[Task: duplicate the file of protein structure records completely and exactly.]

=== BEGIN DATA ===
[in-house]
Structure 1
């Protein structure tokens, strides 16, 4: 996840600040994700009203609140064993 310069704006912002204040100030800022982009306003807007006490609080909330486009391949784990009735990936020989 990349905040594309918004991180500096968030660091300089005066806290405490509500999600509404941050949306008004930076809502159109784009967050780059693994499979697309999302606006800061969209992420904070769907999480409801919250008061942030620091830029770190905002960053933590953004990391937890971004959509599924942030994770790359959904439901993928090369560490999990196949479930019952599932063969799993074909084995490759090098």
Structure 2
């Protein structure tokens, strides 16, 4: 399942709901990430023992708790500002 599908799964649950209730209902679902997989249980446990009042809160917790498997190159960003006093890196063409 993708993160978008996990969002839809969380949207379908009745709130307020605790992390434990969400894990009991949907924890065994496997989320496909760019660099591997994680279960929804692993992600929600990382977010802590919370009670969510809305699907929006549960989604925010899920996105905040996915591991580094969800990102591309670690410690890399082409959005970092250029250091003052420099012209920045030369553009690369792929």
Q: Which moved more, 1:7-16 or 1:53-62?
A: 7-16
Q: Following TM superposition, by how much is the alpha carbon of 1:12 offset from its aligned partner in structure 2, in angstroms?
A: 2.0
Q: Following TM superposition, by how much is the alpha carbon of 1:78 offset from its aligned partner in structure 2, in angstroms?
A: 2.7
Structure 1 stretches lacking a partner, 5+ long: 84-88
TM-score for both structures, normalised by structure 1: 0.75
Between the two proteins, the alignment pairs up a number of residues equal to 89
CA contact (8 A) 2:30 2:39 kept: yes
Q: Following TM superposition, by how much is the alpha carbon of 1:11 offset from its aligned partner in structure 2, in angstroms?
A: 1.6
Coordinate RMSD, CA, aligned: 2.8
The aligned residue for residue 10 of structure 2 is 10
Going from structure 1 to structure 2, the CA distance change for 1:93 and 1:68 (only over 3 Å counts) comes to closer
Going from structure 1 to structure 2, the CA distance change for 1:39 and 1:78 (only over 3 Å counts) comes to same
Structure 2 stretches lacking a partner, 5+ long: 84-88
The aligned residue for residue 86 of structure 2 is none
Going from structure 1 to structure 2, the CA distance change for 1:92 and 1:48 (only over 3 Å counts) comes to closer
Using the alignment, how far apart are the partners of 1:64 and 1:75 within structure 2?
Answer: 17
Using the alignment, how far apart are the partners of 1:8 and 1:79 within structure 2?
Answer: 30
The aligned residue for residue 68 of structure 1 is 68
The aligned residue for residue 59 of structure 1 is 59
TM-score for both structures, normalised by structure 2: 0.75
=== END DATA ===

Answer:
[in-house]
Structure 1
């Protein structure tokens, strides 16, 4: 996840600040994700009203609140064993 310069704006912002204040100030800022982009306003807007006490609080909330486009391949784990009735990936020989 990349905040594309918004991180500096968030660091300089005066806290405490509500999600509404941050949306008004930076809502159109784009967050780059693994499979697309999302606006800061969209992420904070769907999480409801919250008061942030620091830029770190905002960053933590953004990391937890971004959509599924942030994770790359959904439901993928090369560490999990196949479930019952599932063969799993074909084995490759090098």
Structure 2
């Protein structure tokens, strides 16, 4: 399942709901990430023992708790500002 599908799964649950209730209902679902997989249980446990009042809160917790498997190159960003006093890196063409 993708993160978008996990969002839809969380949207379908009745709130307020605790992390434990969400894990009991949907924890065994496997989320496909760019660099591997994680279960929804692993992600929600990382977010802590919370009670969510809305699907929006549960989604925010899920996105905040996915591991580094969800990102591309670690410690890399082409959005970092250029250091003052420099012209920045030369553009690369792929």
Q: Which moved more, 1:7-16 or 1:53-62?
A: 7-16
Q: Following TM superposition, by how much is the alpha carbon of 1:12 offset from its aligned partner in structure 2, in angstroms?
A: 2.0
Q: Following TM superposition, by how much is the alpha carbon of 1:78 offset from its aligned partner in structure 2, in angstroms?
A: 2.7
Structure 1 stretches lacking a partner, 5+ long: 84-88
TM-score for both structures, normalised by structure 1: 0.75
Between the two proteins, the alignment pairs up a number of residues equal to 89
CA contact (8 A) 2:30 2:39 kept: yes
Q: Following TM superposition, by how much is the alpha carbon of 1:11 offset from its aligned partner in structure 2, in angstroms?
A: 1.6
Coordinate RMSD, CA, aligned: 2.8
The aligned residue for residue 10 of structure 2 is 10
Going from structure 1 to structure 2, the CA distance change for 1:93 and 1:68 (only over 3 Å counts) comes to closer
Going from structure 1 to structure 2, the CA distance change for 1:39 and 1:78 (only over 3 Å counts) comes to same
Structure 2 stretches lacking a partner, 5+ long: 84-88
The aligned residue for residue 86 of structure 2 is none
Going from structure 1 to structure 2, the CA distance change for 1:92 and 1:48 (only over 3 Å counts) comes to closer
Using the alignment, how far apart are the partners of 1:64 and 1:75 within structure 2?
Answer: 17
Using the alignment, how far apart are the partners of 1:8 and 1:79 within structure 2?
Answer: 30
The aligned residue for residue 68 of structure 1 is 68
The aligned residue for residue 59 of structure 1 is 59
TM-score for both structures, normalised by structure 2: 0.75